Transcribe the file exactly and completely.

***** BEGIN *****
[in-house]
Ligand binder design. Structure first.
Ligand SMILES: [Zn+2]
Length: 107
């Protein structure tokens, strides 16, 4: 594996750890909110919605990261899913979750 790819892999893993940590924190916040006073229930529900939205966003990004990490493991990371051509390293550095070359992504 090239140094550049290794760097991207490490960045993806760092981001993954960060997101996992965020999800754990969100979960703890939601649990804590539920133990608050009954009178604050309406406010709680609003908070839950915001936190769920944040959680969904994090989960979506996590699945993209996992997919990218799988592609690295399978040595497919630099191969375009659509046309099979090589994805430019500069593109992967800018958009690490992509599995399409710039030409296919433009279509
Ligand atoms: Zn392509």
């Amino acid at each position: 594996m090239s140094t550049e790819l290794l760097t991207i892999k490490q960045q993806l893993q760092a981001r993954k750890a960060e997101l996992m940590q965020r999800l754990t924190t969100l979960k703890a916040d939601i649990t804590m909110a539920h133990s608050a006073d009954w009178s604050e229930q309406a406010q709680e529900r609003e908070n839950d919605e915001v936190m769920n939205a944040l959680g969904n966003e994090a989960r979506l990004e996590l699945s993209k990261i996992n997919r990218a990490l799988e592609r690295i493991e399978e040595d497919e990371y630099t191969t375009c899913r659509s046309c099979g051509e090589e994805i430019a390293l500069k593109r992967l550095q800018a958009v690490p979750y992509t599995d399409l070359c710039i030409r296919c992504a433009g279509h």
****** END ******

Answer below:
[in-house]
Ligand binder design. Structure first.
Ligand SMILES: [Zn+2]
Length: 107
């Protein structure tokens, strides 16, 4: 594996750890909110919605990261899913979750 790819892999893993940590924190916040006073229930529900939205966003990004990490493991990371051509390293550095070359992504 090239140094550049290794760097991207490490960045993806760092981001993954960060997101996992965020999800754990969100979960703890939601649990804590539920133990608050009954009178604050309406406010709680609003908070839950915001936190769920944040959680969904994090989960979506996590699945993209996992997919990218799988592609690295399978040595497919630099191969375009659509046309099979090589994805430019500069593109992967800018958009690490992509599995399409710039030409296919433009279509
Ligand atoms: Zn392509």
């Amino acid at each position: 594996m090239s140094t550049e790819l290794l760097t991207i892999k490490q960045q993806l893993q760092a981001r993954k750890a960060e997101l996992m940590q965020r999800l754990t924190t969100l979960k703890a916040d939601i649990t804590m909110a539920h133990s608050a006073d009954w009178s604050e229930q309406a406010q709680e529900r609003e908070n839950d919605e915001v936190m769920n939205a944040l959680g969904n966003e994090a989960r979506l990004e996590l699945s993209k990261i996992n997919r990218a990490l799988e592609r690295i493991e399978e040595d497919e990371y630099t191969t375009c899913r659509s046309c099979g051509e090589e994805i430019a390293l500069k593109r992967l550095q800018a958009v690490p979750y992509t599995d399409l070359c710039i030409r296919c992504a433009g279509h």